Wound ballistics: exploring the wounding potential of penetrating projectile injury
Friday, April 6, 2012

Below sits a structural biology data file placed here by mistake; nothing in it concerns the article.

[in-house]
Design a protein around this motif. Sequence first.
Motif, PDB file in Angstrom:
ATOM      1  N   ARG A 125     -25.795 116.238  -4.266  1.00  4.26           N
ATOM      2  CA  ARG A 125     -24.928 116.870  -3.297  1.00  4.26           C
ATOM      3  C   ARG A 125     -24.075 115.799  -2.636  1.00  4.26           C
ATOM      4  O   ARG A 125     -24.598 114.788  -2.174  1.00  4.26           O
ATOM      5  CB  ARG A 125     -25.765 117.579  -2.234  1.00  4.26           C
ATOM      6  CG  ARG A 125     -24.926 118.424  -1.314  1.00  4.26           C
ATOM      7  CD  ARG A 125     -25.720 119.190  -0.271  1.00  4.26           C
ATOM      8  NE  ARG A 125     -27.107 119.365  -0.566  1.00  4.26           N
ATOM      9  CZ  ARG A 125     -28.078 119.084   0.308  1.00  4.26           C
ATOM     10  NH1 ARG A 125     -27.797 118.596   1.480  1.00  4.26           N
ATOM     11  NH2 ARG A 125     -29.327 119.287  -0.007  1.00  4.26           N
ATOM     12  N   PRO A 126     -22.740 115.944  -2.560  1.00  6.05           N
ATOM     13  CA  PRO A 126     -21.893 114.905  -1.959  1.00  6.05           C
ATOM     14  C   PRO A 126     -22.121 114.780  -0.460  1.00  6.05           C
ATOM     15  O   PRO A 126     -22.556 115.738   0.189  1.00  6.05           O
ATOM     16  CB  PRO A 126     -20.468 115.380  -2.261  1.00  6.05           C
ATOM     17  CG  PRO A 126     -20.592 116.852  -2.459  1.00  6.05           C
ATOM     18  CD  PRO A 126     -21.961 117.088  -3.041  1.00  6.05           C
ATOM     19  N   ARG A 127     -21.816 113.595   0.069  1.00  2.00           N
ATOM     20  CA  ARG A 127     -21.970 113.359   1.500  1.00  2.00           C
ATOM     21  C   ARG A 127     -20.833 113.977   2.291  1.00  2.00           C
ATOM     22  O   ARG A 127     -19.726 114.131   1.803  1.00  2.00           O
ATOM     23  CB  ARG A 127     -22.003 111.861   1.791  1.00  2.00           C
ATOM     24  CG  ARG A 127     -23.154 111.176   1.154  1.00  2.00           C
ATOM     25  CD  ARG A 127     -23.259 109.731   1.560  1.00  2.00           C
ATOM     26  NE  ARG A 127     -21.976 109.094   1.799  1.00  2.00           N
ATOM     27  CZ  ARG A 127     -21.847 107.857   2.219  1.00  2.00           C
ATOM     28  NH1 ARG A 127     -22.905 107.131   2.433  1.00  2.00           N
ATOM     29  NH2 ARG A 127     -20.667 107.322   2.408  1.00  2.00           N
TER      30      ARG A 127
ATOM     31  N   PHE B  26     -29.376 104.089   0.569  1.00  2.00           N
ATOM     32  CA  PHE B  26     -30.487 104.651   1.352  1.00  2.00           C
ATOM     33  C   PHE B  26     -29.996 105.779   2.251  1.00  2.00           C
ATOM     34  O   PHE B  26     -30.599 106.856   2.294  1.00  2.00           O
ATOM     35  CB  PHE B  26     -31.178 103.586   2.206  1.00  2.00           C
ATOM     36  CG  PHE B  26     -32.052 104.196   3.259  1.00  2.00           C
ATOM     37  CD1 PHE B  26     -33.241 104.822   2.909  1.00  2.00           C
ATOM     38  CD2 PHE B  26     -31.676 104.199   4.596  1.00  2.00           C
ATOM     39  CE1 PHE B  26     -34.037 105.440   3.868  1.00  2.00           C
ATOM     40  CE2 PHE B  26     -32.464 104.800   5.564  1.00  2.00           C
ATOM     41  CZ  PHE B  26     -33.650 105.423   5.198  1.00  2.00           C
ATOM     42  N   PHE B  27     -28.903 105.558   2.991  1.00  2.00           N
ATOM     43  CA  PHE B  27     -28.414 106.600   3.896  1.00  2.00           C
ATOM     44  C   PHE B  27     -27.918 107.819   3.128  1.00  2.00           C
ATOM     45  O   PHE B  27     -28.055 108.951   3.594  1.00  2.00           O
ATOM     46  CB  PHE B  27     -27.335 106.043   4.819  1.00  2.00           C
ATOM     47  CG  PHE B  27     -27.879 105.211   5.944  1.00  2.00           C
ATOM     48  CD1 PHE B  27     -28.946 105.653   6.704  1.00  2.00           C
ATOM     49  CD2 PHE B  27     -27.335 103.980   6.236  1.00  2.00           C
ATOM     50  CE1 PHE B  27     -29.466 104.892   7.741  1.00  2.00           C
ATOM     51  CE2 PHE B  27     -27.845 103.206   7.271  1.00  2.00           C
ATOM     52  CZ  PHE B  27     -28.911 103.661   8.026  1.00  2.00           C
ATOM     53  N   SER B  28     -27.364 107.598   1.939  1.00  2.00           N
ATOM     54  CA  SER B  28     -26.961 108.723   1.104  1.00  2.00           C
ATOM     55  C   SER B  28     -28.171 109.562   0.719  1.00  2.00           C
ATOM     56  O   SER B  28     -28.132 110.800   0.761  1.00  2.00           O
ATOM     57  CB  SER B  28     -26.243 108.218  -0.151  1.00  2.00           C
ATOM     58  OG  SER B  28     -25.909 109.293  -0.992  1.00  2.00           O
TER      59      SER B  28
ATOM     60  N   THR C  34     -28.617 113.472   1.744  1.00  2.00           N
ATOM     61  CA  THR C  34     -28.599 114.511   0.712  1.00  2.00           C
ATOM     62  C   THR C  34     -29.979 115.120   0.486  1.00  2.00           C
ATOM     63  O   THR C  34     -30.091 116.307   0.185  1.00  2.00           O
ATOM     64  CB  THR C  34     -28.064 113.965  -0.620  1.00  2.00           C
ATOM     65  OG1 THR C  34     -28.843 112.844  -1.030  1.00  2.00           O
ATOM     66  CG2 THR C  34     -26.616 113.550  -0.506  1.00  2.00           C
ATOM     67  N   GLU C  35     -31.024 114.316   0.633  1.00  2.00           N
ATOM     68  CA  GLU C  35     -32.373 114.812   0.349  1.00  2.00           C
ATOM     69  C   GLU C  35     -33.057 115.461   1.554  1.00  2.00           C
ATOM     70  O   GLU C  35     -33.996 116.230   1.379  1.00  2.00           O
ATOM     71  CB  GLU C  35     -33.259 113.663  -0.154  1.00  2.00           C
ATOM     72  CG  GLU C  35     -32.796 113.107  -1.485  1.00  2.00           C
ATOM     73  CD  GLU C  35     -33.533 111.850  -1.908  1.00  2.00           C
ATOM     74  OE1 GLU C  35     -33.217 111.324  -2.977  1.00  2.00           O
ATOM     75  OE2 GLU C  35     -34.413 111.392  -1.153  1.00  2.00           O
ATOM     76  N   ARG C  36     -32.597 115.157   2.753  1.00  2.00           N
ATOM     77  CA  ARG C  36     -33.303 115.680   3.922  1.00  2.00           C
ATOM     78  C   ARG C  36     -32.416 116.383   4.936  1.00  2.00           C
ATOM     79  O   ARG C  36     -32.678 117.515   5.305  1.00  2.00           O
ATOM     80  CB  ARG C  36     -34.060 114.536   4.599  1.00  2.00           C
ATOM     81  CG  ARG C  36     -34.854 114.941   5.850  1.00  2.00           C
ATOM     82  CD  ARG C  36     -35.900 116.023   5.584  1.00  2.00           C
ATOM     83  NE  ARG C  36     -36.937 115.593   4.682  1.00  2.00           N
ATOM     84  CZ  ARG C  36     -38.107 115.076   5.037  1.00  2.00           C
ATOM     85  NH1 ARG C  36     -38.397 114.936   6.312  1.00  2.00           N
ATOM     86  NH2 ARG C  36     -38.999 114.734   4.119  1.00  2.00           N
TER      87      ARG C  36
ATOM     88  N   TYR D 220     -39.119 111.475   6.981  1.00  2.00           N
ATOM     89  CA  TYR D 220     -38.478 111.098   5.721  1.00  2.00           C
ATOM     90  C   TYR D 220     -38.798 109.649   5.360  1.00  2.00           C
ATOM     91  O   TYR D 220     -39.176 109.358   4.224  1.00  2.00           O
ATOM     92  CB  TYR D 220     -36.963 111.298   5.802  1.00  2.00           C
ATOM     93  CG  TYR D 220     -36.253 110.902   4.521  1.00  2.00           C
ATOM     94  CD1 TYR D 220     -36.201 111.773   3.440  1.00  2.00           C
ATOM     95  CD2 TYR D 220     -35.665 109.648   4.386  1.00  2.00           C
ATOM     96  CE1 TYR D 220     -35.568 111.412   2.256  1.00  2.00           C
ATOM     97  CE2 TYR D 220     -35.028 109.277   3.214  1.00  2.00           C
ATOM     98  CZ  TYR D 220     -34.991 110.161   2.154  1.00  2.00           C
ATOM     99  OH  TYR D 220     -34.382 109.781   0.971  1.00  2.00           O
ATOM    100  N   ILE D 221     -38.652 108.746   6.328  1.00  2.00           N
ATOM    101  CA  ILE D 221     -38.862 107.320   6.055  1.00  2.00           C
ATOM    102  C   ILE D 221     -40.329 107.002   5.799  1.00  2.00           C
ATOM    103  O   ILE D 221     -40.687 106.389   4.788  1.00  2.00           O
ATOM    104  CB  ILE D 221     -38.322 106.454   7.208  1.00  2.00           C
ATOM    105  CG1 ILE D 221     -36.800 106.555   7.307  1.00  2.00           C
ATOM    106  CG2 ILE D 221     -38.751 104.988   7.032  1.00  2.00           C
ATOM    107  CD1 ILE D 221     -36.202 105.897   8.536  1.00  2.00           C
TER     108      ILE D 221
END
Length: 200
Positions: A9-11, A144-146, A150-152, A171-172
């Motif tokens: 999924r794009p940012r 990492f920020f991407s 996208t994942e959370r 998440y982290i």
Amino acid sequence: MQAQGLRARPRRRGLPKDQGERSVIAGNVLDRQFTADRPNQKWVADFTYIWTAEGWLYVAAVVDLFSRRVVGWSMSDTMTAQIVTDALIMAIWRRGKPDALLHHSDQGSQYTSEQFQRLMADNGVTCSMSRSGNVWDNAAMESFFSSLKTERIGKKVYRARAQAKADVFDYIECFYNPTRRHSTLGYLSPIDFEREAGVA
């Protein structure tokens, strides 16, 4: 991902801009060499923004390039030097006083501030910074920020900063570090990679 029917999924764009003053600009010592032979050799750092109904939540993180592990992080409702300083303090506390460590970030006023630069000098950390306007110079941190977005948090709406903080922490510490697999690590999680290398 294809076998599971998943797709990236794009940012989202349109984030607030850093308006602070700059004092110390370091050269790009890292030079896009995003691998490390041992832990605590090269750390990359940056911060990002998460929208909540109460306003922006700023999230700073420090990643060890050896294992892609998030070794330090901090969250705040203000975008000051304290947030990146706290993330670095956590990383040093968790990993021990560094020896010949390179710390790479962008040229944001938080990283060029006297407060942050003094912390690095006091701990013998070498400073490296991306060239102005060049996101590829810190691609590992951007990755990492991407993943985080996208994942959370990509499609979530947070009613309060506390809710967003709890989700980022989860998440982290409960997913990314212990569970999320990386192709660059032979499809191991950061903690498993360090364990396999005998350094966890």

Within the civilian pre-hospital environment, penetrating projectile injury may be caused by an extremely broad range of firearms and explosive propellants. Despite a great variance in the potential for injury however, a basic knowledge of how penetrating projectiles behave and interact with living tissues is likely to assist emergency healthcare professionals with making informed decisions, as well as establishing priorities for treatment and transportation. Amoung such important considerations is the transference of kinetic energy from a projectile to the tissues, itself influenced by factors such as the area of presentation, deformation, fragmentation, mass and velocity. Projectile retardation, along with correlating levels of energy transference, will also be influenced by the density of the affected tissues, and the permanent disruption caused by the stretching and shearing forces of temporary cavitation will be largely dictated by the elastic tolerance of the tissues and their capacity to expand. The presence and location of entrance and exit wounds, if they exist, can offer some clue to the nature of the projectile/tissue interaction, though caution is required when interpreting such signs. Focussing upon the civilian pre-hospital environment, this article will seek to highlight some of the key features of wound ballistics, and explore some of the misconceptions that can exist concerning the impoprtance of projectile velocity, as well as the dangers of drawing potentially erroneous clinical conclusions based solely upon the nature of the firearm involved, or visible signs of injury.
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